National Infertility Awareness Week focuses on ending stigmas, providing support
DETROIT (FOX 2) - It's National Infertility Awareness Week -- a time to help shed the stigma and offer resources for support.
"Another misconception is that women think that if they're having regular cycles that they're fertile," said Dr. Brad Miller, a reproductive endocrinologist with Reproductive Medicine Associates of Michigan.
Infertility does not discriminate. It’s also much more common than people think.
The CDC reports that in the U.S. among married women age 15 to 49 who have never given birth, about one in five struggle with infertility. There are a number of reasons why getting pregnant can be challenging.
"The tubes are either not functioning properly or they're blocked. Another common cause is male factor, meaning the partner sperm is not functioning properly. Another cause is inovulation, so the woman is not having regular menstrual cycles, therefore not having regular ovulation. So that's a primary cause of infertility," Miller said
Age is also a factor. Research and data show as women get older, their egg count and quality go down, posing yet another challenge.
"What we see as a result of that is it's harder for patients to become pregnant, and then their miscarriage rate goes up. And then finally, the rate of birth defects goes up as well," Miller said. "By 45, for most women, their ability to reproduce is not there anymore."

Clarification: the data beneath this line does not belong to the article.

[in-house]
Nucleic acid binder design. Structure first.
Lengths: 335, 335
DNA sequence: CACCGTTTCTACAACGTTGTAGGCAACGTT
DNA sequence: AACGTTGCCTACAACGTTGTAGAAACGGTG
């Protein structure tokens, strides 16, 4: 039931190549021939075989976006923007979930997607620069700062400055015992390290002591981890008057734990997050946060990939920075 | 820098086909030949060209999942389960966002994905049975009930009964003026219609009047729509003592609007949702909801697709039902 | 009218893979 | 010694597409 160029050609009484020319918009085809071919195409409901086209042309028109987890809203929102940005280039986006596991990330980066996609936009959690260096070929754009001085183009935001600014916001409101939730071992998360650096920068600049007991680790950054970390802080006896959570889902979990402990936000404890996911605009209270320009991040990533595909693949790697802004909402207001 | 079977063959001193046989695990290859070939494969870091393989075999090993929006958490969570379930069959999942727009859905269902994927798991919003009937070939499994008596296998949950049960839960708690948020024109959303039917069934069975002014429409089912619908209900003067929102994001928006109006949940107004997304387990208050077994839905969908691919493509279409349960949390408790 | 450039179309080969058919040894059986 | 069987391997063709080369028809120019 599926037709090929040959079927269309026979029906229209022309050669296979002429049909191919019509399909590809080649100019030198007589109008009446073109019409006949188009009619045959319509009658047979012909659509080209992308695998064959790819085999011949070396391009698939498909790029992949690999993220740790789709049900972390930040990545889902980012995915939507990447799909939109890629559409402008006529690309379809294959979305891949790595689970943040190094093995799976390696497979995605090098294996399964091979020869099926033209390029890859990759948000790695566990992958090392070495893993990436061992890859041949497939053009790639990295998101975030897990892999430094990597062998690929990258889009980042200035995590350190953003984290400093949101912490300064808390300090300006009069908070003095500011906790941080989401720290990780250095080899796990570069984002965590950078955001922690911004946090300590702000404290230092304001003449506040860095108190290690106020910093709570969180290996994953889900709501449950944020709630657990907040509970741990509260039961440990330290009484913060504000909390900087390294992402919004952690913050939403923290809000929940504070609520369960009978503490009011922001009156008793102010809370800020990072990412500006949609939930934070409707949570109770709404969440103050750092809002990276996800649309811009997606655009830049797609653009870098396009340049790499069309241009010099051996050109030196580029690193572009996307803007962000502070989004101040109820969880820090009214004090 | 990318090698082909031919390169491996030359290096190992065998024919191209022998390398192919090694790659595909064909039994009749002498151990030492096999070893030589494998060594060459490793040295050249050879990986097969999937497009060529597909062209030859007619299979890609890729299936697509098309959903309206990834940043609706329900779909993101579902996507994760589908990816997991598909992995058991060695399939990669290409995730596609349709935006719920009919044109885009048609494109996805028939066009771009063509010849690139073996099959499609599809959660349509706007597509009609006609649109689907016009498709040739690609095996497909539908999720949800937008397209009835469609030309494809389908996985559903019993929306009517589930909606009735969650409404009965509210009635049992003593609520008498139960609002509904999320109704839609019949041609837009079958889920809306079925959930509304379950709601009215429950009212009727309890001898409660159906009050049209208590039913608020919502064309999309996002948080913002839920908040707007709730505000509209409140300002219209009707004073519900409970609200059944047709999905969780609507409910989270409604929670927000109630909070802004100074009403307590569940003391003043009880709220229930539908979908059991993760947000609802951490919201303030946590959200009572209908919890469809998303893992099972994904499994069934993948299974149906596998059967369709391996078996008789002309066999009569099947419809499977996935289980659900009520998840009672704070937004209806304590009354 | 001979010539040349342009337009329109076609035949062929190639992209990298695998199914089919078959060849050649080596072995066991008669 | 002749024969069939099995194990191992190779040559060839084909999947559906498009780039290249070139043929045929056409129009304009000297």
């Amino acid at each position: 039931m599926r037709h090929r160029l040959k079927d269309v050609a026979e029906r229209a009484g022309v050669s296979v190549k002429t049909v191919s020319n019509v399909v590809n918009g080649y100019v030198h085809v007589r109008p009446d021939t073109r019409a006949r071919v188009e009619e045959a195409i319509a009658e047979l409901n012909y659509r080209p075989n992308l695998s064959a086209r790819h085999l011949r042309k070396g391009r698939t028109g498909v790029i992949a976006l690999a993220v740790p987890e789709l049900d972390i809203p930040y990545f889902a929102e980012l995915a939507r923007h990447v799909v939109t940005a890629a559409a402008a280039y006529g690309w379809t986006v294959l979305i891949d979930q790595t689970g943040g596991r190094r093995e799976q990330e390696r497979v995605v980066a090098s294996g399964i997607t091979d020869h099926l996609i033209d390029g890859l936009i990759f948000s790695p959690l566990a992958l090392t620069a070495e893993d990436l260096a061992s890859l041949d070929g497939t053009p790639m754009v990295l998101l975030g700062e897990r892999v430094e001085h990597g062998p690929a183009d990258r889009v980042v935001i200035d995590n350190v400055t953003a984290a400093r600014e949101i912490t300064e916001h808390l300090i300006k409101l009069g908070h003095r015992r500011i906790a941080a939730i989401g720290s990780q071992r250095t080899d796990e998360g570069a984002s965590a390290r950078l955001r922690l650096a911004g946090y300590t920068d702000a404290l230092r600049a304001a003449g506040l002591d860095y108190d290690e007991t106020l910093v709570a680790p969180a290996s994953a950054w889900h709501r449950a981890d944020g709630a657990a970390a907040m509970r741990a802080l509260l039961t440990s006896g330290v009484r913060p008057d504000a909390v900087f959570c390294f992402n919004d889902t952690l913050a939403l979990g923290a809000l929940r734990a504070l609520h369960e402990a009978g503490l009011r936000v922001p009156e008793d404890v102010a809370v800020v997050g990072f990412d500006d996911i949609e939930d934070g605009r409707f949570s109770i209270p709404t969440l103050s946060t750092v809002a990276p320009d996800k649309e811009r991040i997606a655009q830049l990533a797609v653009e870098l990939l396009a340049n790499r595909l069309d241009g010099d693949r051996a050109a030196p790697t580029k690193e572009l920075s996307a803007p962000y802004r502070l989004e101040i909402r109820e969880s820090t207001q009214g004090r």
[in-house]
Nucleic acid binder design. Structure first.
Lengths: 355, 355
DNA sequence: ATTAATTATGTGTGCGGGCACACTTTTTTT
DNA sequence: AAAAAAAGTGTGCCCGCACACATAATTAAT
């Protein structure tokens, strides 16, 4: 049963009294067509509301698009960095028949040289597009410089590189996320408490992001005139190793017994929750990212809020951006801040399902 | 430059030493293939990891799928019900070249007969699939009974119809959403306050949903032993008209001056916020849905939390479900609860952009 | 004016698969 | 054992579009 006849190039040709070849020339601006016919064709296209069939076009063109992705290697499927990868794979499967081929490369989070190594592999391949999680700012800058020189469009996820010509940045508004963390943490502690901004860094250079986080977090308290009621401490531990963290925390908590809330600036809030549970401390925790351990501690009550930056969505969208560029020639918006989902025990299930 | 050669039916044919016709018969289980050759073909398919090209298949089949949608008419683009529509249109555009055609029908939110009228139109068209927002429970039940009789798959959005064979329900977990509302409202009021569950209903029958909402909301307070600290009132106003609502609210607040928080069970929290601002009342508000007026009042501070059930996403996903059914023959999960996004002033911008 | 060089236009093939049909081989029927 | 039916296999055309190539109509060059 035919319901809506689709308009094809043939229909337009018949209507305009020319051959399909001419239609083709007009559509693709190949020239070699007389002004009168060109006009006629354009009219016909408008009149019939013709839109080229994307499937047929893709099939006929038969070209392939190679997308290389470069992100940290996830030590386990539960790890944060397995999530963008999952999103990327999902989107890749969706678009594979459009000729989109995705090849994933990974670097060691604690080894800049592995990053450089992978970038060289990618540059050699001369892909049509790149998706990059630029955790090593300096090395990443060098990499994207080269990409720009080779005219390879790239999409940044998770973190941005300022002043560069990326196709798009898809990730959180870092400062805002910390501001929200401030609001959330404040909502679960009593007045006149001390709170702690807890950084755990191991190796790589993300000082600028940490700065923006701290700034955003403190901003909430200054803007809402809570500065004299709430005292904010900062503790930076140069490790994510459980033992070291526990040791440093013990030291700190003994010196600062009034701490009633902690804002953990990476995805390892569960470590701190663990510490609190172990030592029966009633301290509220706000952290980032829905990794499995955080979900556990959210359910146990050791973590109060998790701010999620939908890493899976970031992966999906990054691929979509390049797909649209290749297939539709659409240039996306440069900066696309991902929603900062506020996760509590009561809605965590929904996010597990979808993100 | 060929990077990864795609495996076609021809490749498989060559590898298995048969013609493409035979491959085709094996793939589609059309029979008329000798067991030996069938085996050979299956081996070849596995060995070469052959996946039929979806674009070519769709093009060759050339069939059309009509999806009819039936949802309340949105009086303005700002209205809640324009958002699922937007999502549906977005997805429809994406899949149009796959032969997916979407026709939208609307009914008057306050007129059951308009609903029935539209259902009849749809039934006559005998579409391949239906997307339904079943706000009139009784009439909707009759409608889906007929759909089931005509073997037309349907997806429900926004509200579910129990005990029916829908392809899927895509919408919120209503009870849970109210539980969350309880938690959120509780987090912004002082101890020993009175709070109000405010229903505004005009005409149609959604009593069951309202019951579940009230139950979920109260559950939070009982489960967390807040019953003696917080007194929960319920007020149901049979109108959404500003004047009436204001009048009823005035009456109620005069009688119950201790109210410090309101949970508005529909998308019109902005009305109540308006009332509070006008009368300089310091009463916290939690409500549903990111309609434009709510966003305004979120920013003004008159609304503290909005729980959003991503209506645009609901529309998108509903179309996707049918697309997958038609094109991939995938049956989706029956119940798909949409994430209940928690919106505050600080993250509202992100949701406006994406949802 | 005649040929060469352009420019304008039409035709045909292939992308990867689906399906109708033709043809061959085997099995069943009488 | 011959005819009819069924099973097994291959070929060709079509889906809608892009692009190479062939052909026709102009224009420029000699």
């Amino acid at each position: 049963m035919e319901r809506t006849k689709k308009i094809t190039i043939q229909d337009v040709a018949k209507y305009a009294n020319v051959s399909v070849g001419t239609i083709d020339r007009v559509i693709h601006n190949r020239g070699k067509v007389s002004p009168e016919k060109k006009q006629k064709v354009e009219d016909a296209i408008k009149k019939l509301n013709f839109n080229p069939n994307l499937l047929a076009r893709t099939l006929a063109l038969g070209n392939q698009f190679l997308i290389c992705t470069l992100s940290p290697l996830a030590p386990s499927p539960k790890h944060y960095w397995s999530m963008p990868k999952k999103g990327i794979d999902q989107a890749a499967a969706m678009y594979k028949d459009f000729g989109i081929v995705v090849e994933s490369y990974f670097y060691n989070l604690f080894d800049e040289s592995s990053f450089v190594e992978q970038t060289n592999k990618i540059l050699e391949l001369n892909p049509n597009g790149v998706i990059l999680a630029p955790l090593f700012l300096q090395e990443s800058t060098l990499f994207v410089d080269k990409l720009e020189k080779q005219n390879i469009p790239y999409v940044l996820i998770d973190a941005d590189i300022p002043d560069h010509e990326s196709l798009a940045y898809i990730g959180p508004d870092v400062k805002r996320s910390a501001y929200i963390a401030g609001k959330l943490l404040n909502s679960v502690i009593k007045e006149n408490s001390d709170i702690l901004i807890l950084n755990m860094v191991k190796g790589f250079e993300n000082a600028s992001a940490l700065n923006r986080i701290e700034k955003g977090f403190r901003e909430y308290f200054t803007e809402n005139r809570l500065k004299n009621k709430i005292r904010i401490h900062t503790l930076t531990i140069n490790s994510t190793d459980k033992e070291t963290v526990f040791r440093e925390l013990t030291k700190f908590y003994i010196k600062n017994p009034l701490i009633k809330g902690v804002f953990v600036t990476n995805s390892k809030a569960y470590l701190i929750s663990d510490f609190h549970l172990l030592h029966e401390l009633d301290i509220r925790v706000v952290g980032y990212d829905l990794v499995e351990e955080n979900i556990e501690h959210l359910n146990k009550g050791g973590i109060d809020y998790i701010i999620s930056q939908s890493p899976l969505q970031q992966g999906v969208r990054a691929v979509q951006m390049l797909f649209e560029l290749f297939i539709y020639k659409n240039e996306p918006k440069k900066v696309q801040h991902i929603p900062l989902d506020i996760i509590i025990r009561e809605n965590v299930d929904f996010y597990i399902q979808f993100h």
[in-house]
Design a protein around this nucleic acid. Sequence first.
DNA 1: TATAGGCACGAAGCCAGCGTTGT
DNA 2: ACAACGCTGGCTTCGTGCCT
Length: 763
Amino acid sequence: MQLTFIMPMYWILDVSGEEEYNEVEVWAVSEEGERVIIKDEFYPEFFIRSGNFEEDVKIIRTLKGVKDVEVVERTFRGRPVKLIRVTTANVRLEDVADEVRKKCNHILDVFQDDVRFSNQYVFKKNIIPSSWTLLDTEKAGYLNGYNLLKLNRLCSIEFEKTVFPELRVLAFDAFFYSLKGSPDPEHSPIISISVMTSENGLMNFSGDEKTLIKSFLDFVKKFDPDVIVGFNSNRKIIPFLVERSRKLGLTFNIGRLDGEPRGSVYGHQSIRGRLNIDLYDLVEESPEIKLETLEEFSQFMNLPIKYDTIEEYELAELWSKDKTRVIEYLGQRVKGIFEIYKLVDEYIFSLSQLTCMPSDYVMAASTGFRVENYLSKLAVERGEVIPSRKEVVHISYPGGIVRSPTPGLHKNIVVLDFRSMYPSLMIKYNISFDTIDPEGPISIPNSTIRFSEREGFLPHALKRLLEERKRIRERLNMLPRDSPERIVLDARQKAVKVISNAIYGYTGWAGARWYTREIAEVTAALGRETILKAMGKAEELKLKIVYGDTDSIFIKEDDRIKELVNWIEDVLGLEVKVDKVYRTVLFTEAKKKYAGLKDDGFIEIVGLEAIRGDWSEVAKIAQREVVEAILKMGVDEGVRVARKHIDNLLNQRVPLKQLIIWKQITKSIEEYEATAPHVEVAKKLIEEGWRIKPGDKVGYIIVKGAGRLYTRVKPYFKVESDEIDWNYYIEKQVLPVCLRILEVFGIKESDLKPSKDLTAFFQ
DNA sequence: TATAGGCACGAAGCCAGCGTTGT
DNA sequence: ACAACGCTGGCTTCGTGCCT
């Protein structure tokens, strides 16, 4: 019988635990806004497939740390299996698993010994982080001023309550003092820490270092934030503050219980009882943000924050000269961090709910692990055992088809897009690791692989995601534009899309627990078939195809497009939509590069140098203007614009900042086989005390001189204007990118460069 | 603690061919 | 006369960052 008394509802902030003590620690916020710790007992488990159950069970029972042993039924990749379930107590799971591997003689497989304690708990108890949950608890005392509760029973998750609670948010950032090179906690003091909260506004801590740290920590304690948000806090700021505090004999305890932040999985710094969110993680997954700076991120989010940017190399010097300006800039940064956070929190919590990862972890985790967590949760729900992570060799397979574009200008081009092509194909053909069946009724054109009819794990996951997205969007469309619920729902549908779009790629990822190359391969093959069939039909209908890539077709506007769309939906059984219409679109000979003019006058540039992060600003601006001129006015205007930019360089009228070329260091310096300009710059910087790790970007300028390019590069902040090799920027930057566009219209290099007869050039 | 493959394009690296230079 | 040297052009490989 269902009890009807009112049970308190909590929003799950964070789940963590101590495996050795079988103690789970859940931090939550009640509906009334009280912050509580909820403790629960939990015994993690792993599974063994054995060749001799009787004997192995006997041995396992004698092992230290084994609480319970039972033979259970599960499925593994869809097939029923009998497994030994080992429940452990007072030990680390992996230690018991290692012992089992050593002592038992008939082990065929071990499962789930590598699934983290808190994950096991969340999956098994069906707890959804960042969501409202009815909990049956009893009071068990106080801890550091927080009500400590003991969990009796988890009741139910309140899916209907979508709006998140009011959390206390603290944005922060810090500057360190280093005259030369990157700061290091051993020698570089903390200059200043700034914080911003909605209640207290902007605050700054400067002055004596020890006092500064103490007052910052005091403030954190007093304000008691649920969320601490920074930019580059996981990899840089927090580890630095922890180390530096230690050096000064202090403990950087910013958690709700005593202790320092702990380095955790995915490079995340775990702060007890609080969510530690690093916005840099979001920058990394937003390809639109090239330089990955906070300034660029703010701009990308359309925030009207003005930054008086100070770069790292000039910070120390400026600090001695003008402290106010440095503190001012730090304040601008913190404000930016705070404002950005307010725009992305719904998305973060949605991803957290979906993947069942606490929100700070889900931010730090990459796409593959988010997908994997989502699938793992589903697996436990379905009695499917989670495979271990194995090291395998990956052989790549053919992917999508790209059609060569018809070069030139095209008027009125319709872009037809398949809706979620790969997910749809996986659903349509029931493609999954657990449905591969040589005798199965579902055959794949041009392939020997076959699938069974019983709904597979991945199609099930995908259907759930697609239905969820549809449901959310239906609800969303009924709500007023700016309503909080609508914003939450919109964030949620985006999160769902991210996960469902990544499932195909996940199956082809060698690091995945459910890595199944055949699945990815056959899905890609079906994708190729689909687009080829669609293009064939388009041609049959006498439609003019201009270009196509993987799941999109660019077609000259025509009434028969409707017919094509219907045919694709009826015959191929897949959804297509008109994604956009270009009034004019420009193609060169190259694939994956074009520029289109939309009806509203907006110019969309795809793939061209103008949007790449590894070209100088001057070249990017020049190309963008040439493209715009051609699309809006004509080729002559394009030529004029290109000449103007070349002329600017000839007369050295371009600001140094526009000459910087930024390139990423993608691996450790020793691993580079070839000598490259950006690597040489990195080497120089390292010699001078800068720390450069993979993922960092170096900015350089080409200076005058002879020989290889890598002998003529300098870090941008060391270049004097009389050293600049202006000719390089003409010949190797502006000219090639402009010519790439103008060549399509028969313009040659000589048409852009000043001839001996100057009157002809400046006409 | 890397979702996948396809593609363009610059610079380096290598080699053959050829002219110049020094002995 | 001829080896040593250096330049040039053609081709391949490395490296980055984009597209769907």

For all these reasons, this isn’t an easy topic to talk about, and all the more reason why acknowledging April 23-29 as National Infertility Awareness Week is so important.
"Twenty years ago, we weren't very good at egg freezing, and now it's sort of mainstay in what we do and a freezing is very successful. Depends on the age of the woman when we freeze the eggs and then the other variable that is dependent upon success is the number of eggs that we freeze. So, if we have a larger number and younger patients, the overall success later in life to have a baby is very good," Miller said.
Miller says it all starts with understanding your baseline health and being proactive.
"The good news is there are more and more insurance companies that are covering IVF coverage, more employers locally. We've had a couple of the automakers that have now had coverage for egg freezing and IVF. So, that's really good news for the people in the Detroit area," he said.